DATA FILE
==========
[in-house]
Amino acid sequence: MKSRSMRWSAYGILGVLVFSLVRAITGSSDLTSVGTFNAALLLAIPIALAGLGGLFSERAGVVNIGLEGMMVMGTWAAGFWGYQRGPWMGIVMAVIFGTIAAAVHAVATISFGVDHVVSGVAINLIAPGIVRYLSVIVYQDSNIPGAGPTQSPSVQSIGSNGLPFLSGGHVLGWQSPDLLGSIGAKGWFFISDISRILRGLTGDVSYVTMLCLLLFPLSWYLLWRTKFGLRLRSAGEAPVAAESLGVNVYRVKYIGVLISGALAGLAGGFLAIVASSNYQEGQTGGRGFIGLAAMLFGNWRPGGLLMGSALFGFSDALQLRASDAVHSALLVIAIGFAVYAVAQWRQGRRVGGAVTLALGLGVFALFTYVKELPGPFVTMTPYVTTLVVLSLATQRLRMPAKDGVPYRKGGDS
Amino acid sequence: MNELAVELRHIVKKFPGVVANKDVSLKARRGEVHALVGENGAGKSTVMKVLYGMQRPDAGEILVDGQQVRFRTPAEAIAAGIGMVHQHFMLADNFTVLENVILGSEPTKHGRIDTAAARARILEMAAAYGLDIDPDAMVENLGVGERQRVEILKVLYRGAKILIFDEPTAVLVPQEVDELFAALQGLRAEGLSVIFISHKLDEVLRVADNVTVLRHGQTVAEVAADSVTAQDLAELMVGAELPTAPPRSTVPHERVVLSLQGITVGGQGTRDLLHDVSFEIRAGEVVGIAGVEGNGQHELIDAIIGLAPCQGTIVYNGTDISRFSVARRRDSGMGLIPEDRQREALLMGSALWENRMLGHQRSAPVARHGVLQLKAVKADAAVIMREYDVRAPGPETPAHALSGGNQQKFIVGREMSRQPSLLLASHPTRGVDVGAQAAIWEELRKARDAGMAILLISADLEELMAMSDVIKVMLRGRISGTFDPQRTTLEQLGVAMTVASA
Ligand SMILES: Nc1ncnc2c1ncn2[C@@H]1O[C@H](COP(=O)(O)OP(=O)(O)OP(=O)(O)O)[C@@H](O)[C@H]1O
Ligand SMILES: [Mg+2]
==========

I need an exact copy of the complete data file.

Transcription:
[in-house]
Amino acid sequence: MKSRSMRWSAYGILGVLVFSLVRAITGSSDLTSVGTFNAALLLAIPIALAGLGGLFSERAGVVNIGLEGMMVMGTWAAGFWGYQRGPWMGIVMAVIFGTIAAAVHAVATISFGVDHVVSGVAINLIAPGIVRYLSVIVYQDSNIPGAGPTQSPSVQSIGSNGLPFLSGGHVLGWQSPDLLGSIGAKGWFFISDISRILRGLTGDVSYVTMLCLLLFPLSWYLLWRTKFGLRLRSAGEAPVAAESLGVNVYRVKYIGVLISGALAGLAGGFLAIVASSNYQEGQTGGRGFIGLAAMLFGNWRPGGLLMGSALFGFSDALQLRASDAVHSALLVIAIGFAVYAVAQWRQGRRVGGAVTLALGLGVFALFTYVKELPGPFVTMTPYVTTLVVLSLATQRLRMPAKDGVPYRKGGDS
Amino acid sequence: MNELAVELRHIVKKFPGVVANKDVSLKARRGEVHALVGENGAGKSTVMKVLYGMQRPDAGEILVDGQQVRFRTPAEAIAAGIGMVHQHFMLADNFTVLENVILGSEPTKHGRIDTAAARARILEMAAAYGLDIDPDAMVENLGVGERQRVEILKVLYRGAKILIFDEPTAVLVPQEVDELFAALQGLRAEGLSVIFISHKLDEVLRVADNVTVLRHGQTVAEVAADSVTAQDLAELMVGAELPTAPPRSTVPHERVVLSLQGITVGGQGTRDLLHDVSFEIRAGEVVGIAGVEGNGQHELIDAIIGLAPCQGTIVYNGTDISRFSVARRRDSGMGLIPEDRQREALLMGSALWENRMLGHQRSAPVARHGVLQLKAVKADAAVIMREYDVRAPGPETPAHALSGGNQQKFIVGREMSRQPSLLLASHPTRGVDVGAQAAIWEELRKARDAGMAILLISADLEELMAMSDVIKVMLRGRISGTFDPQRTTLEQLGVAMTVASA
Ligand SMILES: Nc1ncnc2c1ncn2[C@@H]1O[C@H](COP(=O)(O)OP(=O)(O)OP(=O)(O)O)[C@@H](O)[C@H]1O
Ligand SMILES: [Mg+2]